Thanks to any and all that can provide some insight.

I am about a month and a half into a Dual V2. I have had my share of heartache, but have learned a lot.

Leveling in the corners is of course necessary, but I think it is crucial to follow that up by going to the center of the platform and re-homing the Z axis there. Why? Because there is quite a bit of weight cantilevered forward from the X-axis guide rails due to the larger head, and I believe that it sags downward in the middle of the X-axis travel. I am certain other people have measured and reported this.

Picture the print bed as being slightly convex, that is the effect. Particularly, if you are attempting (as I was) to print with PVA or some other flexible filament from the front head, you could see some problems. PVA is very flexible, and there’s about three inches of travel between the feed bolt and the extruder head, where the filament is essentially unsupported. Slight back pressure caused by the head being too close to the print bed (see above) was wreaking havoc for me with the PVA, it was just wadding up below the bolt.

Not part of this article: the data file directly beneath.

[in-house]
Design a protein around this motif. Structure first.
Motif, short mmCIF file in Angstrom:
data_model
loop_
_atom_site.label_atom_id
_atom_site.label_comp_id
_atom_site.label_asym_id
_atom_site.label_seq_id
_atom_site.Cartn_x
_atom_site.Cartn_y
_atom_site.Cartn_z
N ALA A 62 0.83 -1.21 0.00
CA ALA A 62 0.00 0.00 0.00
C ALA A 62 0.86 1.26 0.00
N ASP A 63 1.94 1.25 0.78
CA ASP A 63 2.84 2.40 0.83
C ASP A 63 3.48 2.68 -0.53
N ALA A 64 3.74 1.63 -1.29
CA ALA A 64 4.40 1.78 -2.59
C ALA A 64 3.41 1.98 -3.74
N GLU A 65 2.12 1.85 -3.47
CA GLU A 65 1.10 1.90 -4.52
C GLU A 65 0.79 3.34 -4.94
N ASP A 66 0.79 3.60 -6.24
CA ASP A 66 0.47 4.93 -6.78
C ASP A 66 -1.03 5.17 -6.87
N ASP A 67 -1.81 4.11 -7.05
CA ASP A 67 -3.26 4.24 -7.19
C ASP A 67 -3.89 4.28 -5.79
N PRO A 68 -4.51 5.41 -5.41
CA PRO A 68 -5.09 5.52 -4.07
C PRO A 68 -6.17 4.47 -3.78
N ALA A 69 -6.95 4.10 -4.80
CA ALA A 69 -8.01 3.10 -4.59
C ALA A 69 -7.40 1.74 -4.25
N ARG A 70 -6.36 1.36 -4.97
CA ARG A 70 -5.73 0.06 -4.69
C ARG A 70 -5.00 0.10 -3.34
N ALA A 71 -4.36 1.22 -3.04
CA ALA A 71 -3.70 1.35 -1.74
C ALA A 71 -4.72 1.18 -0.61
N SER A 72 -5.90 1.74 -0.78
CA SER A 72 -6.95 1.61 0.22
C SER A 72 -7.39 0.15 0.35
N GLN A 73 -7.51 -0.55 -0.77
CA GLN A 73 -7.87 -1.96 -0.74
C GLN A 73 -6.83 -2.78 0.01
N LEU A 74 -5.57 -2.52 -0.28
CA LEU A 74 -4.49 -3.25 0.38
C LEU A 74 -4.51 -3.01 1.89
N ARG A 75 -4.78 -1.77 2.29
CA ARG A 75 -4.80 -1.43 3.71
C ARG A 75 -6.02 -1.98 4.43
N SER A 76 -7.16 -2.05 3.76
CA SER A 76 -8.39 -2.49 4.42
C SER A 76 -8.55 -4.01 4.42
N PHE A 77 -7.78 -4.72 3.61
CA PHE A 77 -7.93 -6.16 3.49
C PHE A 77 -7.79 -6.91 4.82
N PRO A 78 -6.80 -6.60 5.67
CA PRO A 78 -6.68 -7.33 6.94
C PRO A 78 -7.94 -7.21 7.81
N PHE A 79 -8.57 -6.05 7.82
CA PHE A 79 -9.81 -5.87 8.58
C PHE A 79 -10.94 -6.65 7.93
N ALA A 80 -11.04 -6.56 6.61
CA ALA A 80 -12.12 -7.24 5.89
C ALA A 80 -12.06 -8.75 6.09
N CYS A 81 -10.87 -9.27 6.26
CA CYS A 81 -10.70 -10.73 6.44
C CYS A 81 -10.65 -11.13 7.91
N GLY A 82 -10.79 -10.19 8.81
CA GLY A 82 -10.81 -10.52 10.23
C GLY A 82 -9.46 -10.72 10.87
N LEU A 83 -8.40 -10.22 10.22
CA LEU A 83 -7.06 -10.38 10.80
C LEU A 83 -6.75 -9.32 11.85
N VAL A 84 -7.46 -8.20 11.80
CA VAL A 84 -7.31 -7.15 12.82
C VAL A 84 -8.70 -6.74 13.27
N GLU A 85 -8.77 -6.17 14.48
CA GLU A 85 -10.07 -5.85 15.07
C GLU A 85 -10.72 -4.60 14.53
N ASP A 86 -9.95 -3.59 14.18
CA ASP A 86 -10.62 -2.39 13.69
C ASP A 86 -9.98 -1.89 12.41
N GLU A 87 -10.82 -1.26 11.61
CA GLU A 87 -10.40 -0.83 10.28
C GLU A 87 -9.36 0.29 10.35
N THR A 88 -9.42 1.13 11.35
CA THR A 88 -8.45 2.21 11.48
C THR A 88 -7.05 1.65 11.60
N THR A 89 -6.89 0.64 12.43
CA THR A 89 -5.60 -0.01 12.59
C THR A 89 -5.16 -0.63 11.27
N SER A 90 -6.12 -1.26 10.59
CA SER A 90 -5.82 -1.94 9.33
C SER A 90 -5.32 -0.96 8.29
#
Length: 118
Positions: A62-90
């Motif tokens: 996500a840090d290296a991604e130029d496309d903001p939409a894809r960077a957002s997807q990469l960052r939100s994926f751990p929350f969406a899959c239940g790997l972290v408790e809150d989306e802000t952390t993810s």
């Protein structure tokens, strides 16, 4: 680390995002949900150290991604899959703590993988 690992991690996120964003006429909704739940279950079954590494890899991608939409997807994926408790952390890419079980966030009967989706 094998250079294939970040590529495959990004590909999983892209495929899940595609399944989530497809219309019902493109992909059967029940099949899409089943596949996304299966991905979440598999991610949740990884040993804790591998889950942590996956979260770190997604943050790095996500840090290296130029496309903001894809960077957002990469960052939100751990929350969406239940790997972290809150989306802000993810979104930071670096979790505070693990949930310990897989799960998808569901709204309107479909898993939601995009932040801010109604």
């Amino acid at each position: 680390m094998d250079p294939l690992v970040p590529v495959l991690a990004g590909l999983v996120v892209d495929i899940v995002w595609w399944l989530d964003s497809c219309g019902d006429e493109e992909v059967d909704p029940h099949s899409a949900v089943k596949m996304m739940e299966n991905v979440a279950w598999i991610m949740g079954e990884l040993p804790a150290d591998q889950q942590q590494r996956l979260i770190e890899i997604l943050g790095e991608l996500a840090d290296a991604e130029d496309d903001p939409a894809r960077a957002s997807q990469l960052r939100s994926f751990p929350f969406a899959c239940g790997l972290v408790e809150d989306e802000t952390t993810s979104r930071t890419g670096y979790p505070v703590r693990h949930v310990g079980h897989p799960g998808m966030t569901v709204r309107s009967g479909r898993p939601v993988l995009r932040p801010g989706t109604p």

I actually kinda bias the front head up a little bit when I am doing the leveling, i.e. paper dragging on the rear head, only very slightly dragging on the front head. It eases the flow for the PVA, and doesn’t seem to negatively affect the print (and it is, after all, only my support material).

The second most important discovery for me was the wonders of a glue stick. I was having so much trouble getting PVA to stick, I tried a bunch of different things and was about to give up, but then I tried a glue stick and it worked perfectly. Too good in a few cases. My experience was that on large prints the PVA would curl up on the corners, but not so much in the middle, so my new M.O. is to just apply the stick around the perimeter to hold the edges down.